Specifically, this cake. Brown Butter Banana Cake with Coconut Meringue. This is indeed a magical cake. A layer of airy coconut meringue is spread over a base of banana cake batter. The whole thing goes into the oven and comes out perfectly baked, 30 minutes later. As I placed it into the oven, I  had my doubts that the cake layer would be completely baked by the time the meringue was golden brown.

But, given the source of this recipe, I should have known not to worry. This cake was crafted by the genius mind of pastry chef Joanne Yolles. I have been a fan since I first tasted her coconut cream pie at Scaramouche restaurant many years ago. It’s kind of brilliant to layer meringue over cake batter. Culinary alchemy at it’s finest.

We need to brown the butter because “brown food tastes better“. This recipe is a perfect way to use up those brown bananas buried deep in your freezer.what you'll needbeating brown butterI used a 10 x 10 inch cake pan. A 9 x 13 pan would also work well. Don’t use anything smaller. You want a shallow layer of cake, so that the cake batter and meringue are done at the same time.tipping batter into pansmoothing out banana battertopping with coconut meringueThe brown butter banana cake is feather light and very fragrant. The coconut meringue is soft and all marshmallowy underneath that crispy browned top.cake for 1Top with a light dusting of icing sugar.a dusting of icing sugarAnd, a scoop of vanilla ice cream too, because you deserve it.with ice cream 625 sq

Click here to print recipe for Brown Butter Banana Cake with Coconut Meringue.

cake for 3

Cherry Cake with Pistachio Crumble Topping

If you happened to be at Your Independent Grocer (or “THE YIG“, as my sister likes to call it) in Smiths Falls, Ontario, last Wednesday, at around 2:30 p.m, and you heard a crazy woman let out a gleeful scream, well, that would be me. You see, as I turned the corner, just past the pluots and nectarines, I spied a bin filled with Ranier cherries.

The Rainier cherry is the sweetest, prettiest and most pampered of cherries. Developed in 1953, it is a cross between the Bing and Van varieties. Golden to orange to pale red in colour on the outside, one bite reveals a creamy yellow flesh. They are more delicate and sweeter than Bing cherries. The season for Ranier cherries is extremely short, a few weeks in mid July, and then it’s over.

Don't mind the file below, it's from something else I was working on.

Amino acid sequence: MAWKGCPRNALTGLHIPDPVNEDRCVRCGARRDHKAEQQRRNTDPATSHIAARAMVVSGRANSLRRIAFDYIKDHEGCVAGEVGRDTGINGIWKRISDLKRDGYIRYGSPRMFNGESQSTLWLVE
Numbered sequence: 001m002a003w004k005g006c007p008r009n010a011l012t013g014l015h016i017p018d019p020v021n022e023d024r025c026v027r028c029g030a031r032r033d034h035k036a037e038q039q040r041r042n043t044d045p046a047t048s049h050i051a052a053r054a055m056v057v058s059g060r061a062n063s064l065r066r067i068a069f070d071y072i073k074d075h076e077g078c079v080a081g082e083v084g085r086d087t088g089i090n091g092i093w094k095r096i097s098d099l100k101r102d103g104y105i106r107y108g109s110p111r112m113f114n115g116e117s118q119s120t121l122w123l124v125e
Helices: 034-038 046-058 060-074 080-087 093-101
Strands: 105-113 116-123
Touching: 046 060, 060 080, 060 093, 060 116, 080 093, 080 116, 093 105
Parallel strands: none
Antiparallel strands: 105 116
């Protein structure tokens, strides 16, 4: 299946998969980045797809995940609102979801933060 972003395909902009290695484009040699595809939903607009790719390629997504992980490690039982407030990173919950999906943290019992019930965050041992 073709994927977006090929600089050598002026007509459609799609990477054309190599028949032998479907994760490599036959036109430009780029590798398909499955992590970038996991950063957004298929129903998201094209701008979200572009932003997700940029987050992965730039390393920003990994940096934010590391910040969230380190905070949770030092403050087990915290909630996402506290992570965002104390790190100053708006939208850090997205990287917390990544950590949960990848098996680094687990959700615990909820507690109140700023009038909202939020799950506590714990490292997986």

During cherry season, I eat cherries like it’s my job. During Ranier cherry season, I work overtime! I filled my cart with several bags of Ranier cherries and probably ate at least a pound of them on the drive back to the cottage. I continued to gorge on Ranier cherries for the next several days and pretty soon I was sweating cherry juice. (In my defense, it was quite humid.) It became apparent that I would have to do something with the cherries before the rest spoiled.

Tartelette’s blog  came to my rescue! If you haven’t discovered this blog yet, I urge you to go on over for a visit. It is charming and filled with wonderful recipes and gorgeous drool inducing photography. She made little cherry cakes topped with a pistachio crumble. Brimming with fresh cherries and slightly flavoured with lemon zest. this cake is a wonderful way to celebrate cherry season. I made it with my surplus of Ranier cherries, but in hindsight, the flavour of Ranier cherries is so delicate, and the colour so pale, they were lost in the cake. Next time I make it, I will use Bing cherries.

Pitting the cherries is the most time-consuming task in making this cake. if you don’t have a cherry pitter, do it this way:

The crumble and cake come together very quickly. I made a 9 inch square cake, although if you have mini cake pans, it would make an adorable presentation!

Click here to print recipe for Cherry Cakes With Pistachio Crumble Topping .